Pepero (빼빼로) is a cookie stick, dipped in chocolates syrup, manufactured by the Lotte company in South Korea:
Pepero Day is an observance in South Korea similar to Valentine’s Day. It is named after Pepero and held on November 11th, because the date “11/11” resembles four sticks of Pepero.
My informant spent her childhood in Korea and moved to Irvine, California upon her entrance into high school. Irvine as a city has a significant Korean population–as such, Korean and other Asian-American students at her high school celebrated Pepero Day every year. However, though it is unclear whether this is a regional or a Korean-American variation, Pepero Day at her high school focused more on people who were single than couples, because they saw the Pepero sticks as symbolizing people standing upright, on their own, without need for another person. This could be because of the nature of her high school, which, while ranked in the top ten of the best high schools in America, with its ultra-high SAT scores and proliferation of AP classes, was apparently sadly lacking (according to her) in the area of romance and relationships. “People were always too busy to date,” She said. “They were married to their grades, basically, and any other kind of relationship was a sort of cheating because it might bring their grades down.”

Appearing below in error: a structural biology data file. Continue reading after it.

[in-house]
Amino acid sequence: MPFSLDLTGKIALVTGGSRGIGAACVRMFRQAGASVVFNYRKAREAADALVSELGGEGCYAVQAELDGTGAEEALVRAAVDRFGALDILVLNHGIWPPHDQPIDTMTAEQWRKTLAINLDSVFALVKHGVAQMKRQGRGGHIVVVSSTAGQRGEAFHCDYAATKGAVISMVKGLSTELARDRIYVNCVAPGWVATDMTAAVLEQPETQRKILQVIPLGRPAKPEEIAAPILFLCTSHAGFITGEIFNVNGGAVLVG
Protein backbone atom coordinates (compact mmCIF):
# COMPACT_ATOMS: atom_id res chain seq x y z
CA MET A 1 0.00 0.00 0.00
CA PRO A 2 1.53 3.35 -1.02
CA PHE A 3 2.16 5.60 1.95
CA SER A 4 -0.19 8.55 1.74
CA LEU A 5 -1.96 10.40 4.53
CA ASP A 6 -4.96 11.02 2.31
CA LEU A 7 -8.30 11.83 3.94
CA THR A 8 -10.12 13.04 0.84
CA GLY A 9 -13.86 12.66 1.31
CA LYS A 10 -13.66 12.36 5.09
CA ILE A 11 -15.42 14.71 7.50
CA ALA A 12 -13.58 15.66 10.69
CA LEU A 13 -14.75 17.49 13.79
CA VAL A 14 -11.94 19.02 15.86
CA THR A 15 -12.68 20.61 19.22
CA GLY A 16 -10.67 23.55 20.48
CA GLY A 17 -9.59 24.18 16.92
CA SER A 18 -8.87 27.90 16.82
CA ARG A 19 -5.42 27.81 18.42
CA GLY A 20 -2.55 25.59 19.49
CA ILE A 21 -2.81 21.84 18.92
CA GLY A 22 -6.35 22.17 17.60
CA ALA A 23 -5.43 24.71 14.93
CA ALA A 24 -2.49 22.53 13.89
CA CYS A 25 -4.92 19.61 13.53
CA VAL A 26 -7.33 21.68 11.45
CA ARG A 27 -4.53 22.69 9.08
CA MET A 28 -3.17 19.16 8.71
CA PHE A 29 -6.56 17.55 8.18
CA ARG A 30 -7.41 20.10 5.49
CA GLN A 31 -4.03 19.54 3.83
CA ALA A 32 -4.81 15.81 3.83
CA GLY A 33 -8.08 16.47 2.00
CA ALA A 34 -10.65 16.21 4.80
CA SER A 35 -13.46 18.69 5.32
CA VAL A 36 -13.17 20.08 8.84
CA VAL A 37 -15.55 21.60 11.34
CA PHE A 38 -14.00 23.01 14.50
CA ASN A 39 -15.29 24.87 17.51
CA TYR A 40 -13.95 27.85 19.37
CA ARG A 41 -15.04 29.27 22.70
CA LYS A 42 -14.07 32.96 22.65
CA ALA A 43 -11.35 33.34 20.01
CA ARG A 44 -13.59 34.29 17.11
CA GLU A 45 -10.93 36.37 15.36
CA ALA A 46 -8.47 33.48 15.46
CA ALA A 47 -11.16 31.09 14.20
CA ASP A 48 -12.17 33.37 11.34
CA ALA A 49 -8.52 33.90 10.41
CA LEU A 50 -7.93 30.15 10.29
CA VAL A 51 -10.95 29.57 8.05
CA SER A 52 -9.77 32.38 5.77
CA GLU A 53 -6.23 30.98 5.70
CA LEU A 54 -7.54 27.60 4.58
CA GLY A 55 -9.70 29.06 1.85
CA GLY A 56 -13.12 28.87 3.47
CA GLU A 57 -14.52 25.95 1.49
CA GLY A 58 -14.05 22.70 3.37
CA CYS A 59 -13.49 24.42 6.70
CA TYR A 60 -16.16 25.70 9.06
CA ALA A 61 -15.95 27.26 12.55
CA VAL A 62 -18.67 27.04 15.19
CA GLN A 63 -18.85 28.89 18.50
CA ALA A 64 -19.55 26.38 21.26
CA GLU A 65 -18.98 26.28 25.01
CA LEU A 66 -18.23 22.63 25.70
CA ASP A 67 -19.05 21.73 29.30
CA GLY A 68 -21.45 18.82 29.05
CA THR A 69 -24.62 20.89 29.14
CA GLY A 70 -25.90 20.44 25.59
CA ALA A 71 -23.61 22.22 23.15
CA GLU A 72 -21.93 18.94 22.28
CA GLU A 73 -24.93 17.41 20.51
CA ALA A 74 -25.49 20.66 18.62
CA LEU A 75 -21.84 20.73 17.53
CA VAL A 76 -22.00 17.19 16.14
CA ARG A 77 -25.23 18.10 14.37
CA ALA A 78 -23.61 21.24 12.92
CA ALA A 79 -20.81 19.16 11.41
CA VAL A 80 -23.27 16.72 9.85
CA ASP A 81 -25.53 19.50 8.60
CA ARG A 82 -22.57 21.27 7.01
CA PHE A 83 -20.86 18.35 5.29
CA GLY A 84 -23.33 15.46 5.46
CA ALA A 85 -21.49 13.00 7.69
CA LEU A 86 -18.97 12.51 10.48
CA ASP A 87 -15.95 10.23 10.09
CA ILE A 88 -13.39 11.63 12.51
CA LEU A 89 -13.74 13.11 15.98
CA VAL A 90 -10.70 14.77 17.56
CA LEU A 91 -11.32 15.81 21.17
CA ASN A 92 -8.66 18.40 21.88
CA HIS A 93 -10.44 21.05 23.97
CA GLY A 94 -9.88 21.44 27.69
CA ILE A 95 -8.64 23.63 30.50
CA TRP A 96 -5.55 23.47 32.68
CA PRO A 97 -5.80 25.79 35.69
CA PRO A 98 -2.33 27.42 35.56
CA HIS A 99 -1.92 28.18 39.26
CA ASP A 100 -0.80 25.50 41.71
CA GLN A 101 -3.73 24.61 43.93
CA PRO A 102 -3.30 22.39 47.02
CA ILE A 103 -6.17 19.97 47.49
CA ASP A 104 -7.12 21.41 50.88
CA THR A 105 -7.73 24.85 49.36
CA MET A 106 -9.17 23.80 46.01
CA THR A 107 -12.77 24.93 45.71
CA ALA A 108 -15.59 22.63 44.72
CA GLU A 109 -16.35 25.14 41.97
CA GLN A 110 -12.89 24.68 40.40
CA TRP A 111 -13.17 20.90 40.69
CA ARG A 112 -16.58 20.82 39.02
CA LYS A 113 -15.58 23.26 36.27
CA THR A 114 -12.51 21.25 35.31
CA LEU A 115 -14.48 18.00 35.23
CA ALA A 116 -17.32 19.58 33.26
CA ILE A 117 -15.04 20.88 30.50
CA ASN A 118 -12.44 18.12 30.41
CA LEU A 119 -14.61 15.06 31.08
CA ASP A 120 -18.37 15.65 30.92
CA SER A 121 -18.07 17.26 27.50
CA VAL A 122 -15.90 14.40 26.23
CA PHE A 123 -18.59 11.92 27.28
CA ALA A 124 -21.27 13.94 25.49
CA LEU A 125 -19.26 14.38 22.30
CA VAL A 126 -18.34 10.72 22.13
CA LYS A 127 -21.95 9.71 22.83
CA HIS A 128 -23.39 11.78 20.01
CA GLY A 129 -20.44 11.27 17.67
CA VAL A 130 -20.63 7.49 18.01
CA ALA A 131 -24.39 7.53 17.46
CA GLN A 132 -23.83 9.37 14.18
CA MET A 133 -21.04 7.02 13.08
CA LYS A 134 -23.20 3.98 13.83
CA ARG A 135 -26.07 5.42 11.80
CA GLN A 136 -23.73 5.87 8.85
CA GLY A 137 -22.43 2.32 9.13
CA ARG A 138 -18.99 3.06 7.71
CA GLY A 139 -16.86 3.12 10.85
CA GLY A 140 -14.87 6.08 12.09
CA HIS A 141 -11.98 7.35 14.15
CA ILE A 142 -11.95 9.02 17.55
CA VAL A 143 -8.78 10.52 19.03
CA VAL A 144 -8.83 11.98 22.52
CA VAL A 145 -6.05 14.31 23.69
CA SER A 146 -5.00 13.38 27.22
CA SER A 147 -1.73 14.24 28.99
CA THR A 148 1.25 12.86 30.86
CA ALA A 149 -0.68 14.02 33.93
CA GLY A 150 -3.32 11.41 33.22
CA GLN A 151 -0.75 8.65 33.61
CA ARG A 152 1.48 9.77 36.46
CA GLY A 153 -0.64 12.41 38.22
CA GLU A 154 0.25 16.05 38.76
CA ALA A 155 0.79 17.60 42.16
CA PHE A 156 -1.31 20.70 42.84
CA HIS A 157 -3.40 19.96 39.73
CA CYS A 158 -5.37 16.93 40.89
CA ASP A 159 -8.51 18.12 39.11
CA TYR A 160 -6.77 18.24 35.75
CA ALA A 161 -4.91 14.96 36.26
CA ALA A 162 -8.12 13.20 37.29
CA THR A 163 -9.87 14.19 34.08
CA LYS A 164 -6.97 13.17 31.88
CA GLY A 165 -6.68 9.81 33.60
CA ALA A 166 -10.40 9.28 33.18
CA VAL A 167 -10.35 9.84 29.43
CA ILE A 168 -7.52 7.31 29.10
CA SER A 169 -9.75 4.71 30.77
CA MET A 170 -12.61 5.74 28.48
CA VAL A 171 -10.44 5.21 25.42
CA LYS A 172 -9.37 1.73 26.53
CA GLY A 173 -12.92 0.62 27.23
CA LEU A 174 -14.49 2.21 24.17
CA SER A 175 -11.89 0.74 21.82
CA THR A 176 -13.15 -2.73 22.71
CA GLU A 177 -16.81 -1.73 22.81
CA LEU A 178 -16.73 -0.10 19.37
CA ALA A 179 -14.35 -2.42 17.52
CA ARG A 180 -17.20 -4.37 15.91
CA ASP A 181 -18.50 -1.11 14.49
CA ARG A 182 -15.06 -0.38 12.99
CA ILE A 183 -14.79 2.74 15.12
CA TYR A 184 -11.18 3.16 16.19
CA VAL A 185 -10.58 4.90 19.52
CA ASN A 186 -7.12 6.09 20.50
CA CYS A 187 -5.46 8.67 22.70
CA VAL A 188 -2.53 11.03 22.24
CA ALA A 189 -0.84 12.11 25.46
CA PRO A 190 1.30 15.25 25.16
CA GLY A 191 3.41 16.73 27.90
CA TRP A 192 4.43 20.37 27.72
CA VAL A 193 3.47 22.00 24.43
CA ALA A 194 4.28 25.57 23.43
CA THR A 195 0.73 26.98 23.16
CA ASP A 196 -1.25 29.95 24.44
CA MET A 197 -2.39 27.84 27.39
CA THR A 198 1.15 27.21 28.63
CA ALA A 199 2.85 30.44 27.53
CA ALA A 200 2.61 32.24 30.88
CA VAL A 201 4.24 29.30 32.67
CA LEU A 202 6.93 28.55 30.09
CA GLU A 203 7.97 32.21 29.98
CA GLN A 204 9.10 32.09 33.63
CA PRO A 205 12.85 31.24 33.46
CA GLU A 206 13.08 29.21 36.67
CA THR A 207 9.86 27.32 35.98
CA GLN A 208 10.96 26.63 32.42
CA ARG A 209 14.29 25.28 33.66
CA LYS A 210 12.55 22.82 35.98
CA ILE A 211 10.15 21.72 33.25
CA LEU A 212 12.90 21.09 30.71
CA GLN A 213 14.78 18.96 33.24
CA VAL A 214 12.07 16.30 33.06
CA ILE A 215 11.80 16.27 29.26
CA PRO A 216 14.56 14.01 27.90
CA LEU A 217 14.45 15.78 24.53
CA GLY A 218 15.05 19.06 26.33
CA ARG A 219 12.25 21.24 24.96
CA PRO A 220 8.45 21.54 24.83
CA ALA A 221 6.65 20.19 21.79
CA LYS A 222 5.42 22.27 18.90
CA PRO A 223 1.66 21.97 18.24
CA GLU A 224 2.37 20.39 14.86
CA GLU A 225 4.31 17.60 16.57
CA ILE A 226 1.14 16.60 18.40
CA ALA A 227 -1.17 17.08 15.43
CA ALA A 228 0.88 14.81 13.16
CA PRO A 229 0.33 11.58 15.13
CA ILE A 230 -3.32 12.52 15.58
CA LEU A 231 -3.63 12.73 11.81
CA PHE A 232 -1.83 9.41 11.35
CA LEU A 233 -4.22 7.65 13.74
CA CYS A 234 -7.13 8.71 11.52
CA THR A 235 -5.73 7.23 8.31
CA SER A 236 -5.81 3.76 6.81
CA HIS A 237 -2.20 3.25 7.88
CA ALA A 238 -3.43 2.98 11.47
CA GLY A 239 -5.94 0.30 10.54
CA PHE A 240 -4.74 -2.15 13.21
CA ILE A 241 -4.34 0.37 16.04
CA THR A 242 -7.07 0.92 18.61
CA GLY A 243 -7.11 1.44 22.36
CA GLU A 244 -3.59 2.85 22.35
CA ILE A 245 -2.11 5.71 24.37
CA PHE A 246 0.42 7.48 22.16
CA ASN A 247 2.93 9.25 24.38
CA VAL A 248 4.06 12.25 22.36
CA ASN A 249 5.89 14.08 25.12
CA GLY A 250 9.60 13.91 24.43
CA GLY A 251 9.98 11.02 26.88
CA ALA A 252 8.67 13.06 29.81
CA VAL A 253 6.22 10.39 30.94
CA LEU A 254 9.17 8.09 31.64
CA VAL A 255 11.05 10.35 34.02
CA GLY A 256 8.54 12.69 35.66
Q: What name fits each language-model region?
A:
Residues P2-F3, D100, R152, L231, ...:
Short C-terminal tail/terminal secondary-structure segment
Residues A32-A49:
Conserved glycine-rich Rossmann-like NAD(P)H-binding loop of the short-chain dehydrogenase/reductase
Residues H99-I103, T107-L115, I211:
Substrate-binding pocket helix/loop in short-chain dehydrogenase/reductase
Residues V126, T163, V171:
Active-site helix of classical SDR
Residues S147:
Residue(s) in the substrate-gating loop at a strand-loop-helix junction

This was, obviously, not the case for the entire school, and she may have been exaggerating; however, it is clear that her Korean and other Asian-American friends had somehow shifted this day to reflect their own plight, making it a joke about their studiousness by labeling it a kind of “Singles Awareness Day.” Traditionally, my informant said, in Korea, the holiday is observed by young people and couples, who exchange Pepero sticks and other romantic gifts. At her school, people walked around with boxes of Pepero, handing them out to their friends and saying things like, “Better luck next year!” or “Happy Singles Day!” Oftentimes, people who were in relationships were denied Pepero sticks, and jokingly told, “You’re in a couple, you don’t need a Pepero for companionship!”